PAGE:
I’m sure we can all think of an example from one or more jobs we’ve had where the public is told one thing, while employees know “the real story.” Brands should strive to eliminate this confusing messaging as much as possible. Employees and the public need to hear the same messages and believe the same brand positioning. By gaining buy-in from employees on what information the company is releasing to the public, they are then better able to take the information and put it into their own words when speaking to consumers. This helps build credibility within your organization, employees feel better about what they are doing and who they are working for. That transparency becomes more apparent to your target audience. The more you can work with your internal staff to understand the company goals and unique value propositions, the more passionate they will become, and the more they will want to outwardly spread that passion.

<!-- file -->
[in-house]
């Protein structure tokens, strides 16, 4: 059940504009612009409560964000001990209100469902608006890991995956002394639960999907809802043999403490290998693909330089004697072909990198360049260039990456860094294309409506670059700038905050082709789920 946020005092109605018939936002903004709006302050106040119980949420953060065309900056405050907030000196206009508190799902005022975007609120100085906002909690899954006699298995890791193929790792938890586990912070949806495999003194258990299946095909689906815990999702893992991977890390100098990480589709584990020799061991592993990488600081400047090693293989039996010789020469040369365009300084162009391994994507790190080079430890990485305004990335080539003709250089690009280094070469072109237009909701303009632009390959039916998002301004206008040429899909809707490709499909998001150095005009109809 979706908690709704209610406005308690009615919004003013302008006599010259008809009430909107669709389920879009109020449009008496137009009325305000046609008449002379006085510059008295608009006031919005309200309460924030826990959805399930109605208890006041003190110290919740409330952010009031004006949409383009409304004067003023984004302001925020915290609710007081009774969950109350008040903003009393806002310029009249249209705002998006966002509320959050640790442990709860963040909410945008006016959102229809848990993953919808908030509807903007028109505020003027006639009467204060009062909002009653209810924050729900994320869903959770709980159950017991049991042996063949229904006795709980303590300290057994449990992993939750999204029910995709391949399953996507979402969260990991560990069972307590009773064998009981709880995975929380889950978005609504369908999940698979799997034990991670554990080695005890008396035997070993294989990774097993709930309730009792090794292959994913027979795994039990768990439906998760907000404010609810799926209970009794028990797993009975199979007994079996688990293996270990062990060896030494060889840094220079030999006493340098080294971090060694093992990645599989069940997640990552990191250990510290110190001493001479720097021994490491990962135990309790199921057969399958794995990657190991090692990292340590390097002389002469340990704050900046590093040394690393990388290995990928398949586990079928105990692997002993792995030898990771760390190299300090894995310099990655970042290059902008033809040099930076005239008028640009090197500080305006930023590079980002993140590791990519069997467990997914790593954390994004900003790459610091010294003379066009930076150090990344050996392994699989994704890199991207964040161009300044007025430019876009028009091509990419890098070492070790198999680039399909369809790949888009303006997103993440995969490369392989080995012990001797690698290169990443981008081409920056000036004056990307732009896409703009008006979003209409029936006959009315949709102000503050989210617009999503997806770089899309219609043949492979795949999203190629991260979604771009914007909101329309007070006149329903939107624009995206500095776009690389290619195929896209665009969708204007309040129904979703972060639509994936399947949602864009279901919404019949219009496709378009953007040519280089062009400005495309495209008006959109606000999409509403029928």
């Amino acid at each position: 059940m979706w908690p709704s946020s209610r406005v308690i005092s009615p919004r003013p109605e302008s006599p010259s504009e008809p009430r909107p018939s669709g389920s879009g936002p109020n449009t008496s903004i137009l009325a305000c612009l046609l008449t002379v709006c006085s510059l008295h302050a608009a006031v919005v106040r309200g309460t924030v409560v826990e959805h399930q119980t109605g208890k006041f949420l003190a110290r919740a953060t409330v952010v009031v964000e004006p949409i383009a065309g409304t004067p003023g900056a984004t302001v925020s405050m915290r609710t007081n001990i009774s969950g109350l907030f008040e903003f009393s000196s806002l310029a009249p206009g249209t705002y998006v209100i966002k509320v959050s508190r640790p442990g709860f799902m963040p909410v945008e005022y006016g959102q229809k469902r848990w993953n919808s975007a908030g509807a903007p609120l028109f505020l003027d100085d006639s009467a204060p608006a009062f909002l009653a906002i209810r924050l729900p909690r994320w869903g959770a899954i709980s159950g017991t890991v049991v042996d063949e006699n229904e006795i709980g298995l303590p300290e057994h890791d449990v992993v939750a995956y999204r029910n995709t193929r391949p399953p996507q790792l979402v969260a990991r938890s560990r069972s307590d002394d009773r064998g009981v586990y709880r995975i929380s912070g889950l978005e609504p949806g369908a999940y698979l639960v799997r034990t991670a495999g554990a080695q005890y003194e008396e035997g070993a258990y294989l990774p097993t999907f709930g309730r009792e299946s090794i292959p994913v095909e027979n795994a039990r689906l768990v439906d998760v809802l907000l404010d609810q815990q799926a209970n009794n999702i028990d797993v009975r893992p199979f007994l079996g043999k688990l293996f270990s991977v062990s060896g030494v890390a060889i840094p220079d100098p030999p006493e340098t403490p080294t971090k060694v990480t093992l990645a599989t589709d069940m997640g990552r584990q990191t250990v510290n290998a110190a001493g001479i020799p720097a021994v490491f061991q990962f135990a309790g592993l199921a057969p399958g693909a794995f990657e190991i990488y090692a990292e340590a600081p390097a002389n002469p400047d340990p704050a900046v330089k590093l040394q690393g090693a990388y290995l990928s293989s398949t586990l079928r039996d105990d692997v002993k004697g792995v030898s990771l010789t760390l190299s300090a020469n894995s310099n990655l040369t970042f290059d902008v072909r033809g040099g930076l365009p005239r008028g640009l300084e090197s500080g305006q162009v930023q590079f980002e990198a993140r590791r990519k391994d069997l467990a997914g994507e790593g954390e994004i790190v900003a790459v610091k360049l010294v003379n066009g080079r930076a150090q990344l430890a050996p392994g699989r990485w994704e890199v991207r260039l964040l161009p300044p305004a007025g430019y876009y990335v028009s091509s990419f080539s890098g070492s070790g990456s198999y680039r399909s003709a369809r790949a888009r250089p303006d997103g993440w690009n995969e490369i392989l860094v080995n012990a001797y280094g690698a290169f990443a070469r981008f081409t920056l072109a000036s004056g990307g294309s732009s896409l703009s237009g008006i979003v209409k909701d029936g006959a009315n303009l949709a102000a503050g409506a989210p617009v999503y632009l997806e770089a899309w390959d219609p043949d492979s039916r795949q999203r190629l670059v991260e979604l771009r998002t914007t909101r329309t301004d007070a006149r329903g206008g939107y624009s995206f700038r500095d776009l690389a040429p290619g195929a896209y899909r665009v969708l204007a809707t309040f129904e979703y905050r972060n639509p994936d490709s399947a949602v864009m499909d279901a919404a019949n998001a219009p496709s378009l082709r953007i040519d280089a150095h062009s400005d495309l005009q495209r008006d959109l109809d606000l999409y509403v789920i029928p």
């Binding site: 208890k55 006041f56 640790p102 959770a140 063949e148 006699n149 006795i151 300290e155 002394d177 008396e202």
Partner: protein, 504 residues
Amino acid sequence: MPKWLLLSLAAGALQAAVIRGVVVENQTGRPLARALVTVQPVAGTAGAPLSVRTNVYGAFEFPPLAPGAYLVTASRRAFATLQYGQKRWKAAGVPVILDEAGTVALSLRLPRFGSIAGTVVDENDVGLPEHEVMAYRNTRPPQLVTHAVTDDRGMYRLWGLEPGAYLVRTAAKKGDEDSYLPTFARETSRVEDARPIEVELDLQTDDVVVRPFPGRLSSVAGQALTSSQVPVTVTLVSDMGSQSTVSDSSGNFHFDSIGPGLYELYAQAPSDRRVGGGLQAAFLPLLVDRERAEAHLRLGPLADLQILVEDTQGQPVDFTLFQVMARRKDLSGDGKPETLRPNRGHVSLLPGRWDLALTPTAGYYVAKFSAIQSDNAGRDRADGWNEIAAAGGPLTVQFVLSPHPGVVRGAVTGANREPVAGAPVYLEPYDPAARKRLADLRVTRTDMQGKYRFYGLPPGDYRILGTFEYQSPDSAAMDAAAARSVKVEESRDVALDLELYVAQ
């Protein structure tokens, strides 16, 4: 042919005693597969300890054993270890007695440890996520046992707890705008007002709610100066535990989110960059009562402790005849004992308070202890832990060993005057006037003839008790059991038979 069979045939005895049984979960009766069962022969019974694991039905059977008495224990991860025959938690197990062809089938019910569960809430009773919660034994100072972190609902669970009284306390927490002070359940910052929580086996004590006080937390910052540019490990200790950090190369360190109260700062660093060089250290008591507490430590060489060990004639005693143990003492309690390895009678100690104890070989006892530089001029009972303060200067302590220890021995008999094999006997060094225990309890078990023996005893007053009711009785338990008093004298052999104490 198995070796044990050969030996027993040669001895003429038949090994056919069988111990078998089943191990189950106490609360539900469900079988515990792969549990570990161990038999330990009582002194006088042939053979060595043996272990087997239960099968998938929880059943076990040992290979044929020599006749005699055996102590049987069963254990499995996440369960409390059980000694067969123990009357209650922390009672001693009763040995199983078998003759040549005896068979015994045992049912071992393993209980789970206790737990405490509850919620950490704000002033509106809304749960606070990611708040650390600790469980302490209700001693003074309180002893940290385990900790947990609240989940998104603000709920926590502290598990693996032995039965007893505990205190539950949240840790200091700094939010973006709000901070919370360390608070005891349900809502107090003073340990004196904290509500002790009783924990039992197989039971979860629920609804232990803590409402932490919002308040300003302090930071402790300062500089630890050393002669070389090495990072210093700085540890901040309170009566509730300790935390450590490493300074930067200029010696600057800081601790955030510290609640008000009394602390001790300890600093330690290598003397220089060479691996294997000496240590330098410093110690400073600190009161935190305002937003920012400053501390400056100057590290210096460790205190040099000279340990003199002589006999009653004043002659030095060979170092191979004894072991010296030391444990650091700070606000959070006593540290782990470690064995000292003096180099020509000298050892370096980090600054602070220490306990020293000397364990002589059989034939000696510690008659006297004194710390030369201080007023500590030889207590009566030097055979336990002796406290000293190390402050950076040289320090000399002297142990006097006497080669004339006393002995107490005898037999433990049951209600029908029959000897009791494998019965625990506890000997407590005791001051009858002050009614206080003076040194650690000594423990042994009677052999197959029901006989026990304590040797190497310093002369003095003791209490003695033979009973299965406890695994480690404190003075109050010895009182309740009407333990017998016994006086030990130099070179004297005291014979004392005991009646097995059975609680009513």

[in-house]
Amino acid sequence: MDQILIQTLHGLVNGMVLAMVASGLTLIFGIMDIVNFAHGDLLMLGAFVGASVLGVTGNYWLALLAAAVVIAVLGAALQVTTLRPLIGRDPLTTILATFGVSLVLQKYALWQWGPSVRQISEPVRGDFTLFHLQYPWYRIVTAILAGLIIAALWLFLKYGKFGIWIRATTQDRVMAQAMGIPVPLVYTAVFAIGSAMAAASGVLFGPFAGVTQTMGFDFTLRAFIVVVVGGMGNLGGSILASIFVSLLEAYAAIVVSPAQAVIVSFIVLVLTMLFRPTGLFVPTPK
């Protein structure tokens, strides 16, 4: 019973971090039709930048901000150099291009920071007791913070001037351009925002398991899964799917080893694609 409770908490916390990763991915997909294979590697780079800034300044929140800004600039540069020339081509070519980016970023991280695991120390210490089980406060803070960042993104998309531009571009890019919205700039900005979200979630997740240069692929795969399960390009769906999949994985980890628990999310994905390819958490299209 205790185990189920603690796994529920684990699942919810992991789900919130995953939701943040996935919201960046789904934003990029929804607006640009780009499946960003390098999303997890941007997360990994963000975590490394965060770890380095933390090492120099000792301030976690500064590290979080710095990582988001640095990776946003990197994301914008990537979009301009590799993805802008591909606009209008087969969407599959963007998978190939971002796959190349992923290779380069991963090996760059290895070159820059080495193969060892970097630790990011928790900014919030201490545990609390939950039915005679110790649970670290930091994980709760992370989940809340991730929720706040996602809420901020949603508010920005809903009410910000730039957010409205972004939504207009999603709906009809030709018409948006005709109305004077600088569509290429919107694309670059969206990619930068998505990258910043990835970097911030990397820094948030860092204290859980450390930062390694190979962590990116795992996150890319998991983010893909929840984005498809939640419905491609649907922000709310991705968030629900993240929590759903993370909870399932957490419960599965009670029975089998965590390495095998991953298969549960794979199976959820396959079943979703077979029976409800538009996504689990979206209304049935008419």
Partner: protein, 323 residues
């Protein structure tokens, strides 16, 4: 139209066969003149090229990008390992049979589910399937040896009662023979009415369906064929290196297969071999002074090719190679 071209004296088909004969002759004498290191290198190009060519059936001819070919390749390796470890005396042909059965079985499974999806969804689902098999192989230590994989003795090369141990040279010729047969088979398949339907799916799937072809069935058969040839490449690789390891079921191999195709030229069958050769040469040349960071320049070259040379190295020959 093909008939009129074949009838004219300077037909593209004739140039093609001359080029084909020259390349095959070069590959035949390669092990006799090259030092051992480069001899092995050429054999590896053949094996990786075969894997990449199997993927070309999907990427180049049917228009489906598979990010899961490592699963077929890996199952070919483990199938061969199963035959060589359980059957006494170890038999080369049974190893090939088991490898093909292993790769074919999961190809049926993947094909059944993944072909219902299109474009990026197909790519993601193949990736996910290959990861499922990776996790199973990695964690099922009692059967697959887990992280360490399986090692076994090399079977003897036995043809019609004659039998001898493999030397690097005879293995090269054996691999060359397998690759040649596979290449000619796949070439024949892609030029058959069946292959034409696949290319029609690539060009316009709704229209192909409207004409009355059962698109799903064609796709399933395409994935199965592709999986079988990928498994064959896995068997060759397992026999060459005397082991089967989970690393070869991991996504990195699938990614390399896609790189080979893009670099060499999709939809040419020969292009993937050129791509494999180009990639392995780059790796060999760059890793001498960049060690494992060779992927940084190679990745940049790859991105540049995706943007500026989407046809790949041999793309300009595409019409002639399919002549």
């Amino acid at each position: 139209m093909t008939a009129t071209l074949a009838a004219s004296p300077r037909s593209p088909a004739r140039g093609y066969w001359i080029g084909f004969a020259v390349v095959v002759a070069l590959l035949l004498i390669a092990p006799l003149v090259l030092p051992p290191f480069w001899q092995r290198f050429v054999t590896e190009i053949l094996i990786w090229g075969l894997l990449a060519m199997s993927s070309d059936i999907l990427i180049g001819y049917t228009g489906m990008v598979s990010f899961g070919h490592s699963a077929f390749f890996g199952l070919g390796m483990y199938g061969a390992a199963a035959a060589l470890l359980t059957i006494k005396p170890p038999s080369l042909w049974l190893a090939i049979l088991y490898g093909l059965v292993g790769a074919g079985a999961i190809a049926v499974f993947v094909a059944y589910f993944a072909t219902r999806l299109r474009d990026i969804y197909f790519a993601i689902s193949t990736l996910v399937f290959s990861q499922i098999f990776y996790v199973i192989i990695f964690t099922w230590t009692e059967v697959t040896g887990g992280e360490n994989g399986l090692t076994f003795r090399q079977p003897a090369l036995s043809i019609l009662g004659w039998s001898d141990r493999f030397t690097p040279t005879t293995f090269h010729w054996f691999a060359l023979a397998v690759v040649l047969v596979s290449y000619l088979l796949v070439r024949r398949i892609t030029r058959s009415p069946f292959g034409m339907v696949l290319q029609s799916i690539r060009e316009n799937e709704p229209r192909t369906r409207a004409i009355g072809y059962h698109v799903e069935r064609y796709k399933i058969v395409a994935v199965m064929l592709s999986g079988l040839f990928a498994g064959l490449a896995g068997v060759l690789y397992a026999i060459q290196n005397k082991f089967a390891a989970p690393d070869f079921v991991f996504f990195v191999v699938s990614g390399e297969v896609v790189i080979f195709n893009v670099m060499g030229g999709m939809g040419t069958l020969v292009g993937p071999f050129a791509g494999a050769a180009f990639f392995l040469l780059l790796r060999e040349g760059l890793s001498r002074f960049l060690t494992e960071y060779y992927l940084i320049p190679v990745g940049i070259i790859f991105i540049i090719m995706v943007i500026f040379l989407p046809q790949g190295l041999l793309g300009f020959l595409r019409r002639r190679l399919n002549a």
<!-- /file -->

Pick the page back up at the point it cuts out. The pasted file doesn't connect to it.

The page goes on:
2. Empower your employees

Think of what motivates you personally, as an employee. I’m willing to bet that feeling appreciated is close to the top of the list. Acknowledgment and appreciation may seem like small easy gestures, but they can go a long way when looking to turn employees into brand advocates. Customers feed off your employees – when your staff is happy and fulfilled at work, they then transfer those feelings into everyone they come into contact with. If your staff feels like they are making a difference in building the brand, the more likely they are to want to go above and beyond actually make that difference! When you hire a new team member, trust that they won’t need micromanaging or hand holding to successfully do what you have hired them to do.

3. Get to know your staff